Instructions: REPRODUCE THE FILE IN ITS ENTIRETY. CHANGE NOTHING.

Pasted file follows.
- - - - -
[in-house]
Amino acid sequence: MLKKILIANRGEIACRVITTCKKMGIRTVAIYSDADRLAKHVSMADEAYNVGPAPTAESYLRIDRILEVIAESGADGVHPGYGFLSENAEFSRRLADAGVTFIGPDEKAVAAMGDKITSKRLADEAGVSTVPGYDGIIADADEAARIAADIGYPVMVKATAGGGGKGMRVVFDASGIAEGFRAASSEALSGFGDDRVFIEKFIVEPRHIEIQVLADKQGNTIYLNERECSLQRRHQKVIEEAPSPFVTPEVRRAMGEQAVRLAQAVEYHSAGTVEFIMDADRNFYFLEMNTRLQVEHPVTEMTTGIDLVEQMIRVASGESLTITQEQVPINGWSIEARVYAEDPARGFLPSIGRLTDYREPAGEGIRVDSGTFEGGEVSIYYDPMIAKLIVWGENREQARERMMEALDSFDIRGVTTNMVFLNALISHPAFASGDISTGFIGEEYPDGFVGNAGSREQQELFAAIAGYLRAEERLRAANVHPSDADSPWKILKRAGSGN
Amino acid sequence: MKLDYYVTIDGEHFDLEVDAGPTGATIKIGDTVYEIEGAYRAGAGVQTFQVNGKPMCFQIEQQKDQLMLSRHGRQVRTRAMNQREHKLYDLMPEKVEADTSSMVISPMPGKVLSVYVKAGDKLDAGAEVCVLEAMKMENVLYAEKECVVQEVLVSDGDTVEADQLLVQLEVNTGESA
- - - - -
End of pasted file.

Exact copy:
[in-house]
Amino acid sequence: MLKKILIANRGEIACRVITTCKKMGIRTVAIYSDADRLAKHVSMADEAYNVGPAPTAESYLRIDRILEVIAESGADGVHPGYGFLSENAEFSRRLADAGVTFIGPDEKAVAAMGDKITSKRLADEAGVSTVPGYDGIIADADEAARIAADIGYPVMVKATAGGGGKGMRVVFDASGIAEGFRAASSEALSGFGDDRVFIEKFIVEPRHIEIQVLADKQGNTIYLNERECSLQRRHQKVIEEAPSPFVTPEVRRAMGEQAVRLAQAVEYHSAGTVEFIMDADRNFYFLEMNTRLQVEHPVTEMTTGIDLVEQMIRVASGESLTITQEQVPINGWSIEARVYAEDPARGFLPSIGRLTDYREPAGEGIRVDSGTFEGGEVSIYYDPMIAKLIVWGENREQARERMMEALDSFDIRGVTTNMVFLNALISHPAFASGDISTGFIGEEYPDGFVGNAGSREQQELFAAIAGYLRAEERLRAANVHPSDADSPWKILKRAGSGN
Amino acid sequence: MKLDYYVTIDGEHFDLEVDAGPTGATIKIGDTVYEIEGAYRAGAGVQTFQVNGKPMCFQIEQQKDQLMLSRHGRQVRTRAMNQREHKLYDLMPEKVEADTSSMVISPMPGKVLSVYVKAGDKLDAGAEVCVLEAMKMENVLYAEKECVVQEVLVSDGDTVEADQLLVQLEVNTGESA